Tapping $42trn of individual investor capital

Nextvest, a direct co-investing platform could open the floodgates for the vast amount of wealth sitting among retail and family office investors, who have traditionally faced limited access to private equity.

In an industry that has been traditionally funded by large institutions, accredited individuals and family offices may now have a new entry point into private equity co-investments.

Nextvest, a New York-based fintech startup founded by former Boston Consulting Group consultant Thomas Krenik and Goldman Sachs SSG (special situations group) investor Harvey Powers, is aimed at bringing sophisticated retail investors and family offices into the private equity deal-by-deal space. The startup provides a platform on which vetted private equity funds provide direct co-investment opportunities in the lower mid-market to a network of investors.

This is done primarily through a network of fundless sponsors that show co-investment opportunities to the investors on the Nextvest platform. Before any sponsor’s deal is shown, Nextvest vets the transaction for quality of underwriting. Most recently, investors participated in a $50 million funding round for electric vehicle charging network Chargepoint via Nextvest. That opportunity was sponsored by former Kleiner Perkins partner Michael Linse.

Mid-market firm Diversis Capital founder Kevin Ma is another sponsor who uses Nextvest and has noticed a shift in interest toward deal-by-deal investing.

“We believe more and more funds will elect to go deal-by-deal versus raising committed capital over time,” Ma said. “Although many institutions and sovereign wealth funds have realised the value of deal-by-deal investing, the vast majority of them do not yet participate in said transactions.”

Nextvest has launched at a time when mega private equity funds have been trying to find ways to reach the retail network. Last year Partners Group and Pantheon Ventures launched products with the goal to tap into the defined contribution pension fund markets as a way to service individual investors, as reported by Private Equity International.

The difference between Nextvest and the offerings from Partners or Pantheon is they are fund-of-funds, focusing on primary and secondary stakes into funds, whereas Nextvest provides direct access to private equity deal flow. And because investors circumvent funds entirely by exposing themselves directly to deals, they don’t pay fees on committed capital. Rather, all capital via the Nextvest platform is immediately deployed into deals, eliminating any fallow period where the money has been committed but isn’t actively at work.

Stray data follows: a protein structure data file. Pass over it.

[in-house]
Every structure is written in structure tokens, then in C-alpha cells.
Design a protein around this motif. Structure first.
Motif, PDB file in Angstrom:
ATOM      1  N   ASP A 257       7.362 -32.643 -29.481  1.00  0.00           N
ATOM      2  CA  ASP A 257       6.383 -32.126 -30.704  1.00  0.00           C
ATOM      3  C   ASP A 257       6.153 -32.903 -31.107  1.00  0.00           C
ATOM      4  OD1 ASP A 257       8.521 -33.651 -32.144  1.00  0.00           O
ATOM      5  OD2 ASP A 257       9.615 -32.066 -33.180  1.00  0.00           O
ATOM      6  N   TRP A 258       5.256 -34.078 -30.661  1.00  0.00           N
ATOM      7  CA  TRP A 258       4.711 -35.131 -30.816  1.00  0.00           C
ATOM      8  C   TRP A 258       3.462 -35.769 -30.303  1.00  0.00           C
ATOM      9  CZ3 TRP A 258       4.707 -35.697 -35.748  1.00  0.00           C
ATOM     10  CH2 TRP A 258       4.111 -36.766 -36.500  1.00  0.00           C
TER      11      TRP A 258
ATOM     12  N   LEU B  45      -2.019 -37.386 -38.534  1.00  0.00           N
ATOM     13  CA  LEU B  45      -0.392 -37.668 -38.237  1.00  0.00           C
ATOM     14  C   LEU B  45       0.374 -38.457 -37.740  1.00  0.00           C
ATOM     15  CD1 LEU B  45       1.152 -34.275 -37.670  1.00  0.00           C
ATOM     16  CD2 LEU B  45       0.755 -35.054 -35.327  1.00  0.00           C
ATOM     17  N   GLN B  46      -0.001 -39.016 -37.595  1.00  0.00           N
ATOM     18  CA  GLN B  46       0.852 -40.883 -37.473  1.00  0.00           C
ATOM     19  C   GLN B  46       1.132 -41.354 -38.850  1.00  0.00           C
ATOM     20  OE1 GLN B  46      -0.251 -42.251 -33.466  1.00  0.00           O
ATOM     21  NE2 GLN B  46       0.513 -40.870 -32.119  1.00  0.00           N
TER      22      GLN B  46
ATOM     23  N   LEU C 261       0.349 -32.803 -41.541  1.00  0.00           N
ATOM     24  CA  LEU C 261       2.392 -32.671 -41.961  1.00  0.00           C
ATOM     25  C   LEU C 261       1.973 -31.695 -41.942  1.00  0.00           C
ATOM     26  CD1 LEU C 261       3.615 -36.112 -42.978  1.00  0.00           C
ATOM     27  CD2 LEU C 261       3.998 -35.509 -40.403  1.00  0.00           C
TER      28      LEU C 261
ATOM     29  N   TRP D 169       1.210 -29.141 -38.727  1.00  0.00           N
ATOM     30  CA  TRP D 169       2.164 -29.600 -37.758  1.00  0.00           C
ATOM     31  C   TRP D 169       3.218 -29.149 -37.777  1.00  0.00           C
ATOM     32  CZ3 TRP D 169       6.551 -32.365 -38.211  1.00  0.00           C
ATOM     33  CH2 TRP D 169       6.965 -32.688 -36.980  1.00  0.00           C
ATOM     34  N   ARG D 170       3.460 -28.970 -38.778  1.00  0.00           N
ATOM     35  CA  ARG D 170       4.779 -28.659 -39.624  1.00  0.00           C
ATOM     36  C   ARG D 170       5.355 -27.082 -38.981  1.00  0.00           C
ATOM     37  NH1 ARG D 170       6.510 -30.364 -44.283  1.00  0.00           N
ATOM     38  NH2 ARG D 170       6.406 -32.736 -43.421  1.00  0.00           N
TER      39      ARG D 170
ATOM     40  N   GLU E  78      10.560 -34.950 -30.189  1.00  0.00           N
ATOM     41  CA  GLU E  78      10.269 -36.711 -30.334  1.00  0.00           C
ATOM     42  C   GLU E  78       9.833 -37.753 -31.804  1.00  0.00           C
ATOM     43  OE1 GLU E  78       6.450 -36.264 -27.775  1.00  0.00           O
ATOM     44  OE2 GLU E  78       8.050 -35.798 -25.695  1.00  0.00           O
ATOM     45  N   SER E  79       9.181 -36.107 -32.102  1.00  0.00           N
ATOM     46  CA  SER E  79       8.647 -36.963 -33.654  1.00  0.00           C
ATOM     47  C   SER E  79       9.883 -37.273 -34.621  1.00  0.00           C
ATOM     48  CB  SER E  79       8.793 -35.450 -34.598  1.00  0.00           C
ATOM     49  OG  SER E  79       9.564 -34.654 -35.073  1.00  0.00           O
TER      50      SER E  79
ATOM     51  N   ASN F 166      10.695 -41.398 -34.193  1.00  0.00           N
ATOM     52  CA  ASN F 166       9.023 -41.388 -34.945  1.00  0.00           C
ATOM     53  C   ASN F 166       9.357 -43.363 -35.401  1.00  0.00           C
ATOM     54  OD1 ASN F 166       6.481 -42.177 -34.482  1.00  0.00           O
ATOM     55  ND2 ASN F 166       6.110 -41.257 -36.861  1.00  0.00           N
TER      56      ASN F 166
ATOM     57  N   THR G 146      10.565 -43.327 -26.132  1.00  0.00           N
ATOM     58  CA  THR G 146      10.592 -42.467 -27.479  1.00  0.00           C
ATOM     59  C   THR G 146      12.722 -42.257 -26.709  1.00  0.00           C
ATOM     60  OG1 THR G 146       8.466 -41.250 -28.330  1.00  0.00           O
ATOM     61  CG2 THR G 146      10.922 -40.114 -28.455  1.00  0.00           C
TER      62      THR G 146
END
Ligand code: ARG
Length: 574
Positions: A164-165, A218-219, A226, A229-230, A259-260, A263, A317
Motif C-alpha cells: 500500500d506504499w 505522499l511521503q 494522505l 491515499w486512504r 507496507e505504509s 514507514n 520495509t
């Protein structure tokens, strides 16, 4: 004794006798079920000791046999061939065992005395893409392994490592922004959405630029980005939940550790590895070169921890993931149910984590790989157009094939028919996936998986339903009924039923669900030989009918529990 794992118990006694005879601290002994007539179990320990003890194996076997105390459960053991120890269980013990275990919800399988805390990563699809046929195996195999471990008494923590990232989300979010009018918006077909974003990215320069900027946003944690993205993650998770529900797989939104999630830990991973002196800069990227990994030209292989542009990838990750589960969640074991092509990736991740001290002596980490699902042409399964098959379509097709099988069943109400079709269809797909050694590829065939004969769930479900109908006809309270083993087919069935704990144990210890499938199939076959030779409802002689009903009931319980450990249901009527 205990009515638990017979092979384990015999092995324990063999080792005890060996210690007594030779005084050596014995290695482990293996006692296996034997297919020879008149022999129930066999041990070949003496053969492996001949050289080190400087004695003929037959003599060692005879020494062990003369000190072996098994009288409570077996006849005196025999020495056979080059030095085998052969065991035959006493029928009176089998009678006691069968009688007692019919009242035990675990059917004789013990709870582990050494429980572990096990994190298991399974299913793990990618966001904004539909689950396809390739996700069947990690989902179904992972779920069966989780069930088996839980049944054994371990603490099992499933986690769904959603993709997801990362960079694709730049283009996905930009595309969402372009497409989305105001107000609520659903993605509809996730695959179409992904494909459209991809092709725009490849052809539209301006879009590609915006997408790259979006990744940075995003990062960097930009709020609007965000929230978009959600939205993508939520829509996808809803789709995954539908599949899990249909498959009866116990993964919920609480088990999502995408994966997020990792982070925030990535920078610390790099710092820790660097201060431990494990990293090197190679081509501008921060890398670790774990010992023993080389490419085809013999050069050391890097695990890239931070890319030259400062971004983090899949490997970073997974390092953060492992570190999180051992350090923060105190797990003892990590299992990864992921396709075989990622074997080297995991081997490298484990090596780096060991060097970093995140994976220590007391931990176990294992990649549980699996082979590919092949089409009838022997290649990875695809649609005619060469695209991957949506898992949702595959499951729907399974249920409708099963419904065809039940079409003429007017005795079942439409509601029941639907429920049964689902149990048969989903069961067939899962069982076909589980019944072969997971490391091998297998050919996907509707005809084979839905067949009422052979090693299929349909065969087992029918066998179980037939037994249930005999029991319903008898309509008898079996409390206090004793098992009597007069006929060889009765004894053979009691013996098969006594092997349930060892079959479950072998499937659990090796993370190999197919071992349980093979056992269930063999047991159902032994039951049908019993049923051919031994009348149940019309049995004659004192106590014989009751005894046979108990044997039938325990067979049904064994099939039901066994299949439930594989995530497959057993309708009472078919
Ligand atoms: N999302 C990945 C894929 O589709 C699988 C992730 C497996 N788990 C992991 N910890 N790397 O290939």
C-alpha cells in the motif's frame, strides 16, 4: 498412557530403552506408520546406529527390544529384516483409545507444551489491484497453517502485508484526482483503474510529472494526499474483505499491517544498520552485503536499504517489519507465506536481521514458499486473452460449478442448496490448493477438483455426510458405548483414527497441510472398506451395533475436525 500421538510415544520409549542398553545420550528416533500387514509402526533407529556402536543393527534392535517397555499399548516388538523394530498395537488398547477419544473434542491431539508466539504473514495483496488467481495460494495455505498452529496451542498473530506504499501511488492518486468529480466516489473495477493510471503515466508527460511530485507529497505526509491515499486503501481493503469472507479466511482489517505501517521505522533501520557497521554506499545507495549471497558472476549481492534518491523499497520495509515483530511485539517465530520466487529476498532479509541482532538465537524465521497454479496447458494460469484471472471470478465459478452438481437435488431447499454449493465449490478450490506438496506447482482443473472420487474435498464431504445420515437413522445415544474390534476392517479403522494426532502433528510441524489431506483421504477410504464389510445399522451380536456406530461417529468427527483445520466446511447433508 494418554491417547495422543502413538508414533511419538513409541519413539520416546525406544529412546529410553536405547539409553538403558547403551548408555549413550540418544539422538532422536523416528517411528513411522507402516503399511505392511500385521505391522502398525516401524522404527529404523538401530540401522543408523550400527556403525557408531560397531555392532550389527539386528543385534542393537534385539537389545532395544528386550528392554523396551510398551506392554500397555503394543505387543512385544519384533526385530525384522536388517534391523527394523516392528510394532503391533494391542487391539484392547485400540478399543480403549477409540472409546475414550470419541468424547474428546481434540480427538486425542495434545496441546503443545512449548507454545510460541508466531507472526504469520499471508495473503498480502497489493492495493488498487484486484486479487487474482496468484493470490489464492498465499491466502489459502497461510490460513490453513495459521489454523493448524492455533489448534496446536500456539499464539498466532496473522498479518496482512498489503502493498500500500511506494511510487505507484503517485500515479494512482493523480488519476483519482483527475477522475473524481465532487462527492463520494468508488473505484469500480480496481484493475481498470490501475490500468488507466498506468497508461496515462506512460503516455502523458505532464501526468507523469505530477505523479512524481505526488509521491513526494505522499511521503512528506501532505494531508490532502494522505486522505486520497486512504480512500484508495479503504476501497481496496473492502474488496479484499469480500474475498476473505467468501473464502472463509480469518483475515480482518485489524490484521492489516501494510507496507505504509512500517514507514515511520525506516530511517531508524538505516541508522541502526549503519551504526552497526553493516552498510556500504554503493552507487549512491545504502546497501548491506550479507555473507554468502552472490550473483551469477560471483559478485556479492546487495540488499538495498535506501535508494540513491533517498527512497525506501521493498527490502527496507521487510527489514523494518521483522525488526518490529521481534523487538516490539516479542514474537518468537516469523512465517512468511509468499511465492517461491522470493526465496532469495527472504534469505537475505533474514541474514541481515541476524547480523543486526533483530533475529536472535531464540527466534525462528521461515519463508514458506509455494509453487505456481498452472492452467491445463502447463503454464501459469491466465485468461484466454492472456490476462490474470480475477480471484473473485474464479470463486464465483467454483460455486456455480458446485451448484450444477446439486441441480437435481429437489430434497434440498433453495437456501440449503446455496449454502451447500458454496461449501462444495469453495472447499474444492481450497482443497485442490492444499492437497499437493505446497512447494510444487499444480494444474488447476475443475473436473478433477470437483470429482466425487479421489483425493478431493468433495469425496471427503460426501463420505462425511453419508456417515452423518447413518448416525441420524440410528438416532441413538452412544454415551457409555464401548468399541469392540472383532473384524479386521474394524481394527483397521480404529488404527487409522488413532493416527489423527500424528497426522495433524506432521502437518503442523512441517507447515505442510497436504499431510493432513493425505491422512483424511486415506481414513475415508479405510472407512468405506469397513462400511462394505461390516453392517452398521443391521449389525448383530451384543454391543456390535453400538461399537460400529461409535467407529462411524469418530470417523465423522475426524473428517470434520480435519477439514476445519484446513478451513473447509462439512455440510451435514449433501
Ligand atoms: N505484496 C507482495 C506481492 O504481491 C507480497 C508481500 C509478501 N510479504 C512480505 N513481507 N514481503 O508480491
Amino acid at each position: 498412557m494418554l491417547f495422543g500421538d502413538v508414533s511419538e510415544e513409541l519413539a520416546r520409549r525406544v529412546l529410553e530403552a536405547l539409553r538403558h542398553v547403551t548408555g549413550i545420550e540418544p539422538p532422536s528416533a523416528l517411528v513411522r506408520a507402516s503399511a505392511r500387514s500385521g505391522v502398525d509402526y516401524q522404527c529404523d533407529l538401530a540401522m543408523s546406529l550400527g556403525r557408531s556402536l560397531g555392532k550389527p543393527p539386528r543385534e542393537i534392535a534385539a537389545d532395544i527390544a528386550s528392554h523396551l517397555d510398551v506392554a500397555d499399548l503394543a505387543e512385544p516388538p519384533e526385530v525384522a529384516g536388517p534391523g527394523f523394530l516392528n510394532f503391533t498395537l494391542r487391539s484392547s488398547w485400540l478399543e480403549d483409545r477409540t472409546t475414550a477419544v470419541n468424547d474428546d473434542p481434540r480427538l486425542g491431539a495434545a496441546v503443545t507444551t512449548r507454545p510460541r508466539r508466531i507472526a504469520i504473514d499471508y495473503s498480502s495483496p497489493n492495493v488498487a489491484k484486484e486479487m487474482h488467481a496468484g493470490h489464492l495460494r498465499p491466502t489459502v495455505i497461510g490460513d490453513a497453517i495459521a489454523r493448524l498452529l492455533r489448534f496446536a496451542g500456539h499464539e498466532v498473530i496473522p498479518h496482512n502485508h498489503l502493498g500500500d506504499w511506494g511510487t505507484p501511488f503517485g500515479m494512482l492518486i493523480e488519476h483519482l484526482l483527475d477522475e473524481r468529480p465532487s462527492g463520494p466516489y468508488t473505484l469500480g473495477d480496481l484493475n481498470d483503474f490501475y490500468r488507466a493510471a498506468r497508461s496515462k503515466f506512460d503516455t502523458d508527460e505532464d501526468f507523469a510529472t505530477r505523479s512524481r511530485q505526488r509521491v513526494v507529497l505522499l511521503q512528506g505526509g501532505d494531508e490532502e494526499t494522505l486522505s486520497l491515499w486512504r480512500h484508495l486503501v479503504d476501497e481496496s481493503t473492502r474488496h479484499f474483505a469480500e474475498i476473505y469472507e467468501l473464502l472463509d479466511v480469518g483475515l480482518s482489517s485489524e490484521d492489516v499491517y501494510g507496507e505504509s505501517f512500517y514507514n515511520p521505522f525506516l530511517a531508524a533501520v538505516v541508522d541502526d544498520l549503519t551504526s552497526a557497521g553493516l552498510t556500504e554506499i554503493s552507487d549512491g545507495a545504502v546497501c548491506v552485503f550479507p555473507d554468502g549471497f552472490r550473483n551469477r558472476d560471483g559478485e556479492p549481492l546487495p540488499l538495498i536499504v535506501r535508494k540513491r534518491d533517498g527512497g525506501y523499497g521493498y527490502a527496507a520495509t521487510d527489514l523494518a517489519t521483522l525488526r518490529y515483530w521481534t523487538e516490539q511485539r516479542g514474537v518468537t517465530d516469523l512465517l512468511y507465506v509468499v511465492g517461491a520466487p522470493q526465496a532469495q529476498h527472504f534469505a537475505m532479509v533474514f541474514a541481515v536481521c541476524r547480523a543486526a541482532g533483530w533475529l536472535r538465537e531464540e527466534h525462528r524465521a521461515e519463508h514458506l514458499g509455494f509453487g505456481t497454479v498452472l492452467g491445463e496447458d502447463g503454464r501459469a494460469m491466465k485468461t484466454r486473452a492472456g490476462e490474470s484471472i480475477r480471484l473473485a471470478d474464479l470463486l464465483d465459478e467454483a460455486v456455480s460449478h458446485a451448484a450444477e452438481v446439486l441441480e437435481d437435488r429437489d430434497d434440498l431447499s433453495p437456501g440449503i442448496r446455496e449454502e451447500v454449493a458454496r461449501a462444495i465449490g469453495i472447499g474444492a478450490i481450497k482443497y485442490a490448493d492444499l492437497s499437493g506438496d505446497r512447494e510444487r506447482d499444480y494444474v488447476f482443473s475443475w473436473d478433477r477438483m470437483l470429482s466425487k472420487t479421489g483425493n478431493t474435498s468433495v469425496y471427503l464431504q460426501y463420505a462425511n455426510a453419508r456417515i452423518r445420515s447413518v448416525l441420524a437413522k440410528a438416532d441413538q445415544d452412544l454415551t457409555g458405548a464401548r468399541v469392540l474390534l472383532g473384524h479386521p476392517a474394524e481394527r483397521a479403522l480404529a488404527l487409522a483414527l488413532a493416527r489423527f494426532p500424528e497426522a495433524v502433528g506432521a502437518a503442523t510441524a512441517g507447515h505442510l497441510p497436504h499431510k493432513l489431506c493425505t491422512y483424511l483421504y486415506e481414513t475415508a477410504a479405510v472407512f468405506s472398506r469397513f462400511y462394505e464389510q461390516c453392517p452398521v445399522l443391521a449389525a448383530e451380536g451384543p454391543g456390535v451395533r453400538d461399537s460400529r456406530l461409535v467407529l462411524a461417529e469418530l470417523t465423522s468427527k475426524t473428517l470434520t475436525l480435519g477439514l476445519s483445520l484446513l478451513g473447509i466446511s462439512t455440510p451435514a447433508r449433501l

According to Krenik, the platform will not assist existing PE funds with their efforts to raise commitments into their blind-pool structures, which typically have low transparency and a 10- to 15-year holding period. This long-term time frame with limited control and transparency is one of the reasons why barriers to private equity have been too high for retail and family office investors to jump over.

“The historic focus on the institutional investor leaves billions, if not trillions, of dollars on the table,” Krenik told PEI.

He added that most private equity funds target billionaire families when raising capital, even though a huge amount of cash sits outside of the top 0.001 percent of the US population by wealth. For example, the top 10 percent of US families possess altogether $42 trillion, which is barely tapped by private equity, according to the National Bureau of Economic Research.

“Translating those small fortunes into private equity investments could easily increase the size of the industry by hundreds of billions of dollars,” Krenik said. The US Securities and Exchange Commission estimates more than 12 million households in the country qualify for accredited investor status, meaning if each invested $10,000 into private equity annually, the industry would grow by $120 billion per annum.

There is already a venture capital counterpart of Nextvest. Angelist began originally as just a social network of angel investors and grew to become a platform for funding early-stage startups. It has connected 3,379 investors to 441 companies that drew in $162 million last year.

The primary difference, Krenik said, comes down to due diligence. Angel investing is historically a very risky asset class with minimal diligence, whereas private equity focuses on thorough diligence for companies with long-proven business models. To fulfill this, Nextvest ensures that each fund provides institutional-calibre diligence information to each investor, who can commit as little as $25,000 per deal.

“By shifting the dynamics of private equity from being fund-based to being deal-based, co-investing may have the potential to democratise access to private equity for more investors than ever before,” Krenik said.